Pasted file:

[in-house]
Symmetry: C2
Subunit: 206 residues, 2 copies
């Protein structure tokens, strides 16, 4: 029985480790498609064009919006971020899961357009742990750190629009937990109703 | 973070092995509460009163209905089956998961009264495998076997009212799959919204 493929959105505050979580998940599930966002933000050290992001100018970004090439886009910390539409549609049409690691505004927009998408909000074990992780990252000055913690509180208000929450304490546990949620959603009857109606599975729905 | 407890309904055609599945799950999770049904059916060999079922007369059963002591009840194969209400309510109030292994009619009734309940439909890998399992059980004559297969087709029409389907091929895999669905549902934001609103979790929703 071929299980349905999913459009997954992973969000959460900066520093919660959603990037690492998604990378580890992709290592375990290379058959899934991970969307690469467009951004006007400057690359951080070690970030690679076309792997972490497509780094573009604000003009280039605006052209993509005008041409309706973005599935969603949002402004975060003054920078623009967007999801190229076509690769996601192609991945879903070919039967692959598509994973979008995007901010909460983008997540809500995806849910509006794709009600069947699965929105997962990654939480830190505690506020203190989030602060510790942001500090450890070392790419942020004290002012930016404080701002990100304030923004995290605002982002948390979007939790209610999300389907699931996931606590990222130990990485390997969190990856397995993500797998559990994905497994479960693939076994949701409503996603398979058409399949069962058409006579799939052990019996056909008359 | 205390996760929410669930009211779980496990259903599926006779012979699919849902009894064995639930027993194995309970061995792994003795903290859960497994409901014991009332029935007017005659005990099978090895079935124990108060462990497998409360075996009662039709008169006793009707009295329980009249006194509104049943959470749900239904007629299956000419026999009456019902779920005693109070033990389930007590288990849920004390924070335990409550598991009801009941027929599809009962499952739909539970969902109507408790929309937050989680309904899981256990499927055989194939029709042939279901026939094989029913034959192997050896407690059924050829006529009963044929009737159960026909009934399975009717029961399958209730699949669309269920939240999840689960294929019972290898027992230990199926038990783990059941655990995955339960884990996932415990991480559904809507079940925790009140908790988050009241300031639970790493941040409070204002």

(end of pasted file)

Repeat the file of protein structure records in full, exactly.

[in-house]
Symmetry: C2
Subunit: 206 residues, 2 copies
């Protein structure tokens, strides 16, 4: 029985480790498609064009919006971020899961357009742990750190629009937990109703 | 973070092995509460009163209905089956998961009264495998076997009212799959919204 493929959105505050979580998940599930966002933000050290992001100018970004090439886009910390539409549609049409690691505004927009998408909000074990992780990252000055913690509180208000929450304490546990949620959603009857109606599975729905 | 407890309904055609599945799950999770049904059916060999079922007369059963002591009840194969209400309510109030292994009619009734309940439909890998399992059980004559297969087709029409389907091929895999669905549902934001609103979790929703 071929299980349905999913459009997954992973969000959460900066520093919660959603990037690492998604990378580890992709290592375990290379058959899934991970969307690469467009951004006007400057690359951080070690970030690679076309792997972490497509780094573009604000003009280039605006052209993509005008041409309706973005599935969603949002402004975060003054920078623009967007999801190229076509690769996601192609991945879903070919039967692959598509994973979008995007901010909460983008997540809500995806849910509006794709009600069947699965929105997962990654939480830190505690506020203190989030602060510790942001500090450890070392790419942020004290002012930016404080701002990100304030923004995290605002982002948390979007939790209610999300389907699931996931606590990222130990990485390997969190990856397995993500797998559990994905497994479960693939076994949701409503996603398979058409399949069962058409006579799939052990019996056909008359 | 205390996760929410669930009211779980496990259903599926006779012979699919849902009894064995639930027993194995309970061995792994003795903290859960497994409901014991009332029935007017005659005990099978090895079935124990108060462990497998409360075996009662039709008169006793009707009295329980009249006194509104049943959470749900239904007629299956000419026999009456019902779920005693109070033990389930007590288990849920004390924070335990409550598991009801009941027929599809009962499952739909539970969902109507408790929309937050989680309904899981256990499927055989194939029709042939279901026939094989029913034959192997050896407690059924050829006529009963044929009737159960026909009934399975009717029961399958209730699949669309269920939240999840689960294929019972290898027992230990199926038990783990059941655990995955339960884990996932415990991480559904809507079940925790009140908790988050009241300031639970790493941040409070204002």